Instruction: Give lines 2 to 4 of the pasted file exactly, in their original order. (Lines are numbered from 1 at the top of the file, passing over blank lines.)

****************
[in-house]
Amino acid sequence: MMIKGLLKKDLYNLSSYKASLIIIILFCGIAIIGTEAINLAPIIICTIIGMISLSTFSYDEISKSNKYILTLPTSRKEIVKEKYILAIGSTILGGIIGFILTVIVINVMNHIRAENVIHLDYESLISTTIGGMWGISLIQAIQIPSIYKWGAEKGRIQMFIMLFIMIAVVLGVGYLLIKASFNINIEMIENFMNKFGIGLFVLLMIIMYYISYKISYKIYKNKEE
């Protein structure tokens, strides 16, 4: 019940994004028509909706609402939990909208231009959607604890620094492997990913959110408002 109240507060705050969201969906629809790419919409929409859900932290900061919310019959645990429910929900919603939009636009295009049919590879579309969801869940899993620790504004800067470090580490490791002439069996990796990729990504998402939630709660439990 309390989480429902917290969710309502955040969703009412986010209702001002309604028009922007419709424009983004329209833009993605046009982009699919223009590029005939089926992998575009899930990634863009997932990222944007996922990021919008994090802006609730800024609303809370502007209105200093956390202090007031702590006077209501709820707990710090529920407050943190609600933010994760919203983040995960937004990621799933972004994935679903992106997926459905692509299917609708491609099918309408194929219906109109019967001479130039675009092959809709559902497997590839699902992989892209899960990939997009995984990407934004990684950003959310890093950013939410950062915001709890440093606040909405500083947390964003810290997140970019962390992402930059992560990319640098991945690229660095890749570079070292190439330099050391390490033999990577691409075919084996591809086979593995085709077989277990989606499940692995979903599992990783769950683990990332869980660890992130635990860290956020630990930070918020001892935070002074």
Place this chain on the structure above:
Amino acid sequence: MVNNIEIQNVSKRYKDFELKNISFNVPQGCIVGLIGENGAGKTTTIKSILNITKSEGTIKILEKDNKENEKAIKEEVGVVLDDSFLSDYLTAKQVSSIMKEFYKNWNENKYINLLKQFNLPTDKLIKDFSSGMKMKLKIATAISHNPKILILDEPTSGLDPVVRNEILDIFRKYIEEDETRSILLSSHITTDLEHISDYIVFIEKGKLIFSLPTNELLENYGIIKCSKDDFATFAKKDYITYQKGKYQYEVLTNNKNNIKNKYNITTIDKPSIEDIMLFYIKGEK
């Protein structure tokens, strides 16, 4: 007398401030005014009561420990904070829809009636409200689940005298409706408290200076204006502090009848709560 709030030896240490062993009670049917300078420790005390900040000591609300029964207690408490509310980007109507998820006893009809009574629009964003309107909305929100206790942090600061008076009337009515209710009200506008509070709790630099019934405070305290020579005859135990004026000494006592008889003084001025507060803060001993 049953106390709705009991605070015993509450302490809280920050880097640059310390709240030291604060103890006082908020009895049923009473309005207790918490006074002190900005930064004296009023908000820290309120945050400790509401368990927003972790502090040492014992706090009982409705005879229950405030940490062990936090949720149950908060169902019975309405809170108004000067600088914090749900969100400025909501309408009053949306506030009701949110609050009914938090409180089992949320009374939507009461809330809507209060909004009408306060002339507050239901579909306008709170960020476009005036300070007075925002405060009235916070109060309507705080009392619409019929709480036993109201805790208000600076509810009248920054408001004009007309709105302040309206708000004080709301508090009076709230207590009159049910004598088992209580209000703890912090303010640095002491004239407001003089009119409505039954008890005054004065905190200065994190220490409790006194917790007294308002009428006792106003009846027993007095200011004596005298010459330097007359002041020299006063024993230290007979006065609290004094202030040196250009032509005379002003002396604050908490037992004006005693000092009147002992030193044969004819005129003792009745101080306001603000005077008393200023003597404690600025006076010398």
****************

Amino acid sequence: MMIKGLLKKDLYNLSSYKASLIIIILFCGIAIIGTEAINLAPIIICTIIGMISLSTFSYDEISKSNKYILTLPTSRKEIVKEKYILAIGSTILGGIIGFILTVIVINVMNHIRAENVIHLDYESLISTTIGGMWGISLIQAIQIPSIYKWGAEKGRIQMFIMLFIMIAVVLGVGYLLIKASFNINIEMIENFMNKFGIGLFVLLMIIMYYISYKISYKIYKNKEE
């Protein structure tokens, strides 16, 4: 019940994004028509909706609402939990909208231009959607604890620094492997990913959110408002 109240507060705050969201969906629809790419919409929409859900932290900061919310019959645990429910929900919603939009636009295009049919590879579309969801869940899993620790504004800067470090580490490791002439069996990796990729990504998402939630709660439990 309390989480429902917290969710309502955040969703009412986010209702001002309604028009922007419709424009983004329209833009993605046009982009699919223009590029005939089926992998575009899930990634863009997932990222944007996922990021919008994090802006609730800024609303809370502007209105200093956390202090007031702590006077209501709820707990710090529920407050943190609600933010994760919203983040995960937004990621799933972004994935679903992106997926459905692509299917609708491609099918309408194929219906109109019967001479130039675009092959809709559902497997590839699902992989892209899960990939997009995984990407934004990684950003959310890093950013939410950062915001709890440093606040909405500083947390964003810290997140970019962390992402930059992560990319640098991945690229660095890749570079070292190439330099050391390490033999990577691409075919084996591809086979593995085709077989277990989606499940692995979903599992990783769950683990990332869980660890992130635990860290956020630990930070918020001892935070002074």
Place this chain on the structure above: